She was born in the penultimate year of World War I in a tranquil town in the south-west of Germany. She endured Inflation, Depression, the Third Reich, and World War II. After the war and in the early 50s she and her children lived through hunger and despair. Her husband was one of the last POWs to return from the Silence Camps in Siberia. She survived his death and, years later, the death of her son. Her last years had been difficult. Not being capable to move well, all motions, all daily work in the kitchen and around, were arduous. During this time of her life she never left home. She died one day after her 95th birthday. It later turned out it was the 17th anniversary of her husband’s death. She was a lovely and at the same time brave woman, with dignity and a deadpan humour. At times she missed someone to comfort her, but she rarely showed. She never complained.
She had been my landlady for about 23 years. We lived in the same house, on different floors. In her later years I often looked after her, did some shopping, or just sat with her and talked. She had a friend who would come once a week to clean her apartment, and an older man to look after her garden. The nursing service came twice a day to look after hygiene and medication.
Her son had lived in the same house for 10 years until he died of cancer in 2011. He had taken care of his mother, had looked after the house, managed the daily businesses with craftsmen, banks, authorities, or the daily shopping for himself and his mother.
After his death only a granddaughter remained, who lives in a town up north and who, due to her work, could be around only once in a while. It was this last year in my landlady’s life that I became far more involved in the daily care-giving and the maintenance work that had to be done in and around the house.
In 2012 she became too weak to care for herself. She attended a nursing home nearby, the one in which her late sister had spent her last years in the early 1970s. My landlady was to stay for a month, as insurance would cover short-term stays only once a year. As she settled in her room she nearly instantaneously dropped all her ambitions to care for herself. She wouldn’t eat as the food was too bad, she complained. In fact, she rather had problems to swallow and tried to avoid the pain. Neither would she drink. This month, in which I visited her daily, was often filled with polite negotiations, and sometimes she gave in. I started to bring her soup that I cooked at home, and she drank it with a straw, in the first days even with great pleasure. Later this also ebbed away. Nearly all of the time of her stay she didn’t eat or drink, only the soup or some juice I handed to her. We both knew it would be difficult back home and we were both relieved when her granddaughter hired a 24/7-nurse to be with her at home in her apartment. But even then my landlady wouldn’t resume eating. After nearly 9 weeks she passed away, her granddaughter, the nurse and me at her bedside.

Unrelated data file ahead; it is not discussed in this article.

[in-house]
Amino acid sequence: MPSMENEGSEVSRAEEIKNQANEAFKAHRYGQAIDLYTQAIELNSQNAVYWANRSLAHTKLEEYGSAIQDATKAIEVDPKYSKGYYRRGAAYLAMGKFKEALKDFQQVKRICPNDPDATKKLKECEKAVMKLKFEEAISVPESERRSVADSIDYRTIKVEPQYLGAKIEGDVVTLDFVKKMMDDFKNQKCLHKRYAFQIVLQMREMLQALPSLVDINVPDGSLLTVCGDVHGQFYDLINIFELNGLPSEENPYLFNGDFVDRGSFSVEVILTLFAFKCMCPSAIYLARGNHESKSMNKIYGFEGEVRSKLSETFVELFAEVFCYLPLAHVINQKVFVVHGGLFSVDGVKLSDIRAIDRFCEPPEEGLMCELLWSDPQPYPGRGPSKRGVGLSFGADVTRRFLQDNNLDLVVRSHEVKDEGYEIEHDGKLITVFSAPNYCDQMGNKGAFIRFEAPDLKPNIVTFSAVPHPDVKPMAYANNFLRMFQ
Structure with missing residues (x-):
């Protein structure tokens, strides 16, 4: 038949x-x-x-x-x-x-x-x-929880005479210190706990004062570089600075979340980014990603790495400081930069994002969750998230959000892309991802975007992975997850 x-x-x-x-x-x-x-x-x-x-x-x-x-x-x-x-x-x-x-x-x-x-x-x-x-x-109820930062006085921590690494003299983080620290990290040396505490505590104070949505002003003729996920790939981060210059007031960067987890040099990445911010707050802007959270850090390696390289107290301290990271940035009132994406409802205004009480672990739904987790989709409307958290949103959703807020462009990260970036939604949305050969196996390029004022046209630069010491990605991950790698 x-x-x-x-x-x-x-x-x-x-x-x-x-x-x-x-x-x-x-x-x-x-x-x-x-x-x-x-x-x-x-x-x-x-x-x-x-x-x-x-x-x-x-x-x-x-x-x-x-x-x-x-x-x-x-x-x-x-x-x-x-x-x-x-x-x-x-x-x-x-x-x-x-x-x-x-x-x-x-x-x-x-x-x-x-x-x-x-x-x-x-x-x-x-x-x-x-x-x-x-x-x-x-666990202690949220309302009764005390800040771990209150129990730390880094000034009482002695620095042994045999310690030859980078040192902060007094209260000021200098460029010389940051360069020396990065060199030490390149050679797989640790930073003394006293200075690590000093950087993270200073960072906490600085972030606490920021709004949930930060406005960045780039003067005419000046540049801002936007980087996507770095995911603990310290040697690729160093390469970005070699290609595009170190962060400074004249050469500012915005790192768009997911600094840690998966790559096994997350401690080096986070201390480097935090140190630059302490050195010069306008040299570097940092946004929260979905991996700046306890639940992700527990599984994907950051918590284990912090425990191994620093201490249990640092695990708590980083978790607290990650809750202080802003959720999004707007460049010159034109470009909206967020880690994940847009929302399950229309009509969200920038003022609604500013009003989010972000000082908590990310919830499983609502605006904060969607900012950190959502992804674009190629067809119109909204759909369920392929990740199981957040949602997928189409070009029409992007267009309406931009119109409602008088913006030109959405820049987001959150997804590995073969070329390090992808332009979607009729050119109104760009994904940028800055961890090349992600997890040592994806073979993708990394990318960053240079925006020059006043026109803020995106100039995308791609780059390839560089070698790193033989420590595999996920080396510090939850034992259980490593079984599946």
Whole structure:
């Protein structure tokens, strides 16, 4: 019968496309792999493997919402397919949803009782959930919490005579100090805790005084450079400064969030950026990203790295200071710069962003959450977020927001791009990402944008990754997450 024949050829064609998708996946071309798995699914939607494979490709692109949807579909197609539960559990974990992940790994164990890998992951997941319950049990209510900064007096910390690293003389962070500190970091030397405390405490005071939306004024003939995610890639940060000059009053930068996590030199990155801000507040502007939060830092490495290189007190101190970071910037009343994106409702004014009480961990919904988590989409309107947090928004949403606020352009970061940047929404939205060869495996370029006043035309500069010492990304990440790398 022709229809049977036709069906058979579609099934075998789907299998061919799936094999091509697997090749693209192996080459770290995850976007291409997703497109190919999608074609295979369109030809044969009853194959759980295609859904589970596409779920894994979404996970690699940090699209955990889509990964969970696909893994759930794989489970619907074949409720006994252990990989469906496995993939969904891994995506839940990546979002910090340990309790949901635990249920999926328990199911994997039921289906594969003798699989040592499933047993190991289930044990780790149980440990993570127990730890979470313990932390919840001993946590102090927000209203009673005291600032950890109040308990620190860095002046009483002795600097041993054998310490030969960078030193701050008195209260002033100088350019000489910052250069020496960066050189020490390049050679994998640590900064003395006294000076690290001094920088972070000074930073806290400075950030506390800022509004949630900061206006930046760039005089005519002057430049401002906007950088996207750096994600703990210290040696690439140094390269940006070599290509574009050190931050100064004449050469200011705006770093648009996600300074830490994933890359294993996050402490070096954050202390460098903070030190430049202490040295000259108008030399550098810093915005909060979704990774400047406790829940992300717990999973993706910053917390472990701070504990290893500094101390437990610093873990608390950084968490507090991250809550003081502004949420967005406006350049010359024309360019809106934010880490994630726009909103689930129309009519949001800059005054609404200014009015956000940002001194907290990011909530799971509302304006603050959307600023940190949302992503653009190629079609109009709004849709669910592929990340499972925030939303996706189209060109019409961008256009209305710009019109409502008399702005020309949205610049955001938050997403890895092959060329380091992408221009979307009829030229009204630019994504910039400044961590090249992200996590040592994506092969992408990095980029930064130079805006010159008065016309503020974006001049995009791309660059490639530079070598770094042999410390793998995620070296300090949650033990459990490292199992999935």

This is all I want to tell about my landlady and the last weeks of her life. When you live such a long time with a neighbour, everything you tell about him or her feels awkwardly abbreviated and distorted. There is the mixture of reluctance to tell too many intimacies of a late life and the inability to do justice to a life that spanned 95 years and had seen more than most of us may face. So I rather speak about what went through my mind on dying, on care-giving, and the turbulences care-givers may face. But even then the following is more like a look through a kaleidoscope than a concise essay.
from my timeline on twitter :
Sept. 12, 2012 :
She returned from dying by way of cursing ….
Sept. 14 :
There are times the soul has to keep doing its work in private w/o us seeing or understanding.
Sept. 14 :
Don’t be afraid to feel dull and dumb. It’s not time yet to understand.
Sept. 17 :
You want to save the world? Try this : Remember people’s name, greet them, ask how they’re doing. (E.g., staff in a nursing home ….)
Sept. 17 :
When feeding old people, it’s less about food but the attention and friendliness we give by means of the food we put into their mouth.
Sept. 17 :
Are old people really afraid of not having lived enough? Or rather not having loved enough? The hunger is not about action missed, but love.
Sept. 17 :
It’s amazing how in the harsh worlds of a nursing home or psychiatric ward people try to remain humane by offering me, the visitor, their dessert.
Sept. 17 :
Don’t reject the food offer of someone living in a nursing home or psychiatric ward. You’d reject their attempt to be humane & kind.
Sept. 18 :
The 5 stages of grief (E. Kübler-Ross, 1969) : denial, anger, bargaining, depression, acceptance – apply to helping & giving care as well.
Sept. 18 :